Venezuela's President Nicolas Maduro speaks during a meeting with representatives of the opposition, the Roman Catholic Church and Union of South American Nations' (UNASUR) at Miraflores Palace in Caracas on April 10, 2014. Picture: Carlos Garcia Rawlins

Caracas -

Venezuela's government and opposition reported progress on Tuesday in a new round of talks aimed at ending two months of deadly protests that have rocked the oil-rich nation.

The government again rejected an opposition demand for amnesty for 175 people arrested in the disturbances. But the head of the government delegation, Vice-President Jorge Arreaza, left the possibility open for the future.

“The meeting was always held on good terms, with respect and tolerance,” said Arreaza. “The peace dialogue is advancing.”

The opposition formally condemned violence, a key demand of the government of President Nicolas Maduro.

It also agreed to broaden a truth commission probing the unrest. The government had wanted it to include just lawmakers, but has bowed to opposition requests to add outside figures.

Anti-government protests have rattled Venezuela since February, leaving at least 41 people dead and more than 600 injured, with opposing sides trading blame for the violence.

Protesters are angry over soaring crime, shortages of basic goods and rampant inflation, among other woes.

Ramon Guillermo Aveledo, a representative of the opposition coalition Democratic Unity (MUD), said the talks were challenging.

“But we are willing, as shown today, to find windows and try to build paths together,” said Aveledo.

The elected socialist government and the opposition held preparatory talks on April 7, which were followed by an unprecedented televised meeting between President Nicolas Maduro and opposition leaders, including the runner-up in last year's presidential election, Henrique Capriles.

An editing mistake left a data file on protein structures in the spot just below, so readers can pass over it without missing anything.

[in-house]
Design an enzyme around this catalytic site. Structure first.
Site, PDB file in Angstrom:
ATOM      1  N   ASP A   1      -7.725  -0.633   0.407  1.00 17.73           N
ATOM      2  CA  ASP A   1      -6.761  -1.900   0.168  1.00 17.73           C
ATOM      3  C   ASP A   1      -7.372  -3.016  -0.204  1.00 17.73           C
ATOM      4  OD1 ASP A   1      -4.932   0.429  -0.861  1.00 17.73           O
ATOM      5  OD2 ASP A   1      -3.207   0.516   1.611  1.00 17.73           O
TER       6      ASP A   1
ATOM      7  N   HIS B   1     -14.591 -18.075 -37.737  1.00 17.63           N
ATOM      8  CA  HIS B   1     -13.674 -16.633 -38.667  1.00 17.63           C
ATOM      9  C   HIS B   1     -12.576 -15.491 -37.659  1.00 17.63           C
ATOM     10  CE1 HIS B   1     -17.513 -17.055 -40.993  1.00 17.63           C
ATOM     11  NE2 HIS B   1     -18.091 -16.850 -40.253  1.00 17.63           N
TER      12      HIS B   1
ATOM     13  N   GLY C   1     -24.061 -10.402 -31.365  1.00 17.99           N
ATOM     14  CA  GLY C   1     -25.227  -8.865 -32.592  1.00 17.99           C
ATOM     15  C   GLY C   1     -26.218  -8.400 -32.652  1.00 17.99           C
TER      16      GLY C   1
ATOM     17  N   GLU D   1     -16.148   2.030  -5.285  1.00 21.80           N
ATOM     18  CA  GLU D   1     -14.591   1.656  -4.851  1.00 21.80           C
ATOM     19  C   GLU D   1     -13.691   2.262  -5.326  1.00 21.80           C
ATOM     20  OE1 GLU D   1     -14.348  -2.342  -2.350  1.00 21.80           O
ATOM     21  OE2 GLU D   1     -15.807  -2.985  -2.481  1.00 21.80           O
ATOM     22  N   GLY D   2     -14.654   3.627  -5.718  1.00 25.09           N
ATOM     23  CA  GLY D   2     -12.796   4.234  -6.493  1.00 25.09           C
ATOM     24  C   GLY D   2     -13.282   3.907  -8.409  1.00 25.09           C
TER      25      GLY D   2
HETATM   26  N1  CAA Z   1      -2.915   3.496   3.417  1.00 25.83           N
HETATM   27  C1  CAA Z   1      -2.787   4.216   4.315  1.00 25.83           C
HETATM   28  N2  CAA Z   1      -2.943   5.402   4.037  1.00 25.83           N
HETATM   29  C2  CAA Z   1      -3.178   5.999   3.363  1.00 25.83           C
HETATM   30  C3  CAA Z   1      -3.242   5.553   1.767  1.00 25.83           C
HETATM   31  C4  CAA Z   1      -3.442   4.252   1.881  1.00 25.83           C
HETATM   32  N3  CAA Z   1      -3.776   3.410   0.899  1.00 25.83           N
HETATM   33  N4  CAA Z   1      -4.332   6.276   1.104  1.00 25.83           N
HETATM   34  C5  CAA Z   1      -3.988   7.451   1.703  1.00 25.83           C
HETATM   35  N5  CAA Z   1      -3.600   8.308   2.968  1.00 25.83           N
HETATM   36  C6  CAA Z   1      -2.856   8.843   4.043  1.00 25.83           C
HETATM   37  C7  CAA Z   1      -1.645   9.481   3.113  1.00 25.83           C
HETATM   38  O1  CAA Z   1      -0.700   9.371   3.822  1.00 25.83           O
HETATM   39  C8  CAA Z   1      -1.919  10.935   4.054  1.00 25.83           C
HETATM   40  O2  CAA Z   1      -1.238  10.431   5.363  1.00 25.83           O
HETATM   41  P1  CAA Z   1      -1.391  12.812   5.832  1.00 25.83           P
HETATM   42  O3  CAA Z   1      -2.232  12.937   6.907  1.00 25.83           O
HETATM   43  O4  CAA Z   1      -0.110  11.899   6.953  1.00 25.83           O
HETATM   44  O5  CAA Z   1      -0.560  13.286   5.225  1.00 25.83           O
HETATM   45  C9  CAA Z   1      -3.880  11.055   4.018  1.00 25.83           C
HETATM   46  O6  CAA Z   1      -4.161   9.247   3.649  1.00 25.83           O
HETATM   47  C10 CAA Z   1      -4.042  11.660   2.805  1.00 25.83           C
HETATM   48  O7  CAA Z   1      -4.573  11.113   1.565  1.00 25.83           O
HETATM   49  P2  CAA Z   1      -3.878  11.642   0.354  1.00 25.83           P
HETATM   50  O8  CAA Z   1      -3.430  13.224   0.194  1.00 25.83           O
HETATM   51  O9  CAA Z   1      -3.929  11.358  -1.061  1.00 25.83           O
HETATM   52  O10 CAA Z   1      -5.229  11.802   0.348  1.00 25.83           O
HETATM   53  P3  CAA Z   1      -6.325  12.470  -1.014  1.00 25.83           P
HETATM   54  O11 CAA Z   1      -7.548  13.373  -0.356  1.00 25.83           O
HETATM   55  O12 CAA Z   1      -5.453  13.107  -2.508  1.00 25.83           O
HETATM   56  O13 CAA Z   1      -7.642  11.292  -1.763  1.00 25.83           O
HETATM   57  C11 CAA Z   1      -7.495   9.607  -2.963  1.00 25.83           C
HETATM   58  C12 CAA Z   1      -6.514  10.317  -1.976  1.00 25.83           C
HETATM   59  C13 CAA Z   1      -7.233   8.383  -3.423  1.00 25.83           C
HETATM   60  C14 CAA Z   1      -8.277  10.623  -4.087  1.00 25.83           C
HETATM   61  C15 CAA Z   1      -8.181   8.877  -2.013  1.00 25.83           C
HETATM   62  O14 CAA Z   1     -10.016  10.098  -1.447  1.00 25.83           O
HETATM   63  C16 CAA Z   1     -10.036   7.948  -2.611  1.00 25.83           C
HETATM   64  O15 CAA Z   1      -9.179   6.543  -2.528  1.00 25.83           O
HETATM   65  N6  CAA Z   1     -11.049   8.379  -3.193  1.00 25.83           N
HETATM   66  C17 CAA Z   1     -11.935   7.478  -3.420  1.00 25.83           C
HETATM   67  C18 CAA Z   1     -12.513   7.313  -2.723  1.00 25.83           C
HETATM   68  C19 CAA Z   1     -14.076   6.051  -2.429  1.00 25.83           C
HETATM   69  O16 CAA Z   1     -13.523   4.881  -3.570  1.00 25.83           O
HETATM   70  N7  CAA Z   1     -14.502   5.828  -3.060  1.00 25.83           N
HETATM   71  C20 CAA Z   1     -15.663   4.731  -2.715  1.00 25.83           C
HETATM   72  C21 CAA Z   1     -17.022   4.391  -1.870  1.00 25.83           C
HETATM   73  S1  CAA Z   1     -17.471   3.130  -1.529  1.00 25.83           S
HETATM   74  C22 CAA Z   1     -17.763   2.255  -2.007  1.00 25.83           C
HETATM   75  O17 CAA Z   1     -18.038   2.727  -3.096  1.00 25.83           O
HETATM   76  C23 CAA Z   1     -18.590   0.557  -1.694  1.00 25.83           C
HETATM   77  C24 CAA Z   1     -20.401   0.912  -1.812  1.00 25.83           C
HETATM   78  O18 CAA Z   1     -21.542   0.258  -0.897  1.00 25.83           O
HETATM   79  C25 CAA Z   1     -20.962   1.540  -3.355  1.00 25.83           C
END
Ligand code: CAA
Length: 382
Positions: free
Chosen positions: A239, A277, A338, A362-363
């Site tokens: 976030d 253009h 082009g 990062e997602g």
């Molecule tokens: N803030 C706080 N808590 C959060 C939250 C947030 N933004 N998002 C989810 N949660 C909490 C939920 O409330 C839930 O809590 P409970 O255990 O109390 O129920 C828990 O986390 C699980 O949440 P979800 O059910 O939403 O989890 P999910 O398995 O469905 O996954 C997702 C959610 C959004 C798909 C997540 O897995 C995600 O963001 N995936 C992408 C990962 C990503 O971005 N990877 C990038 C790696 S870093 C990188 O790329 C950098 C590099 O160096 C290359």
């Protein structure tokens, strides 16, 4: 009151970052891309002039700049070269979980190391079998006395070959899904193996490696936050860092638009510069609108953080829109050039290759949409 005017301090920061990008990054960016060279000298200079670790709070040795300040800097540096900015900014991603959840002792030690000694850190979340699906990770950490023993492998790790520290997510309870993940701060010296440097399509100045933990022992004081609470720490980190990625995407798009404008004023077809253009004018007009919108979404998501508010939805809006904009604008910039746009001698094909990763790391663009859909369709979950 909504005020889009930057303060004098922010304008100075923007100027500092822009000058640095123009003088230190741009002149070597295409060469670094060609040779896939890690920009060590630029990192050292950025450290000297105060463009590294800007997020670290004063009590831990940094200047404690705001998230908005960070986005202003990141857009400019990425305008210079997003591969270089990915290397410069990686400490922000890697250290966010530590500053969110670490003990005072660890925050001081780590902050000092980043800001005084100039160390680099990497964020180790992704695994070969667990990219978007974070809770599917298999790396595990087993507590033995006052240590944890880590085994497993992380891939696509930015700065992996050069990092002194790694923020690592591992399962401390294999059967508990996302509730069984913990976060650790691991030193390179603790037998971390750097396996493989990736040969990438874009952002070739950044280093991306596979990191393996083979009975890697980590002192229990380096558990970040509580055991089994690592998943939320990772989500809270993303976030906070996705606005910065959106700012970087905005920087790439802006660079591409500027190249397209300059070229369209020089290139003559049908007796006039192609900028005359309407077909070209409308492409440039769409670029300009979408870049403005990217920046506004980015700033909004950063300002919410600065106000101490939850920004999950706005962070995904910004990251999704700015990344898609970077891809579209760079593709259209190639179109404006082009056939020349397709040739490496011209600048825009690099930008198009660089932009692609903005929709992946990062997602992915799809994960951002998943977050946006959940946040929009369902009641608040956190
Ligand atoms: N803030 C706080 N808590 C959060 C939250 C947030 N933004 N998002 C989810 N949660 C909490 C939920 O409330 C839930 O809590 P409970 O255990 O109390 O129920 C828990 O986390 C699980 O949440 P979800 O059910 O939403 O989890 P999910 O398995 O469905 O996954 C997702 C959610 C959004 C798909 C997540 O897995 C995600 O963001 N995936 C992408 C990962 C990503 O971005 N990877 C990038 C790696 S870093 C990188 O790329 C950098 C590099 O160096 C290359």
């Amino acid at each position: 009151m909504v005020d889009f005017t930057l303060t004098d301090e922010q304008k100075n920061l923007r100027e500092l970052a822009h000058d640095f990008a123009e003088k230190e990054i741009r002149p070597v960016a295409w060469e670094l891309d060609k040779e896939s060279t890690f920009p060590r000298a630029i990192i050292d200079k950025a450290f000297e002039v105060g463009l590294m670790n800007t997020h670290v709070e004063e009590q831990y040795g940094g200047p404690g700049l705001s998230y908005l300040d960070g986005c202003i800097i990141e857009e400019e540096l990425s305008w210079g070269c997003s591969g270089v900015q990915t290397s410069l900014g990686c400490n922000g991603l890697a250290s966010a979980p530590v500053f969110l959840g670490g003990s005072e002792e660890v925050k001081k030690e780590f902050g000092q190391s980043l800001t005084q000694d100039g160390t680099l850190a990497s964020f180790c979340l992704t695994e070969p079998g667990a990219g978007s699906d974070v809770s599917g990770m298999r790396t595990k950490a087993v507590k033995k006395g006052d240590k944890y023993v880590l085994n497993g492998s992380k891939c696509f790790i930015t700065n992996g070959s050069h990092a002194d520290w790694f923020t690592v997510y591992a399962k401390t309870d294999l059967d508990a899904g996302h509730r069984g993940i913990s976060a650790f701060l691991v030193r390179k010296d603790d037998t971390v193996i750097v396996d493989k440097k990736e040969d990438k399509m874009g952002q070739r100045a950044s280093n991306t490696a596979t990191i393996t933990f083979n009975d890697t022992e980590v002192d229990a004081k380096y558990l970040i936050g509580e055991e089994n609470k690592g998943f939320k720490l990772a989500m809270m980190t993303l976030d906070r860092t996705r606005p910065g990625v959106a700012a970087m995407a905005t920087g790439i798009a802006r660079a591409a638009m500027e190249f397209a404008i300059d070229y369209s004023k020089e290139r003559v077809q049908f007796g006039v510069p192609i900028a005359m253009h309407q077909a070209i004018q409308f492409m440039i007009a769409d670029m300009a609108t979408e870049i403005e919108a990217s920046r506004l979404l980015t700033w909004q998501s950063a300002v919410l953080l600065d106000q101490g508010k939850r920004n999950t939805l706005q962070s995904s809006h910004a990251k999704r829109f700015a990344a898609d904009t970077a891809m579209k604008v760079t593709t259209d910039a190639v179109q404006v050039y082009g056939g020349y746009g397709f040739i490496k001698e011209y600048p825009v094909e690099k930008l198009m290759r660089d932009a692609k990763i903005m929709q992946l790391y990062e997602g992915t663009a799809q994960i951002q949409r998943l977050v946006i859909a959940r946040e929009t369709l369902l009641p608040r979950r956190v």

Tuesday's closed door meeting lasted three hours. Foreign ministers from the Union of South American Nations had pressed both sides to hold talks.

But after the first full session on Tuesday, nothing was said of another key sticking point: opposition calls for the disarmament of pro-government civilian groups accused of terrorising the protesters.

Maduro has refused, saying the so-called “colectivos” were merely “social work groups”.

Maduro succeeded late socialist firebrand Hugo Chavez, who died of cancer last year.

The more radical wing of the opposition, which is seeking Maduro's ousting through the street protests, has refused to join the talks.

They have called for the release of their most prominent leader, Leopoldo Lopez of the Popular Will party, who is in a jail on charges of inciting violence.

The protests first erupted on February 4 in the western city of San Cristobal, where students took to the streets to denounce the country's rampant crime after the attempted rape of a young woman.

The movement spread to other cities, including Caracas.

Maduro has lashed out at the demonstrations, branding them a “fascist” US-backed plot to overthrow his government.

Yet the protests do not appear to have posed a threat to Maduro's hold on the government, which has enjoyed wide support among the country's poorer sectors.

Opec member Venezuela sits atop the world's largest proven crude oil reserves. - Sapa-AFP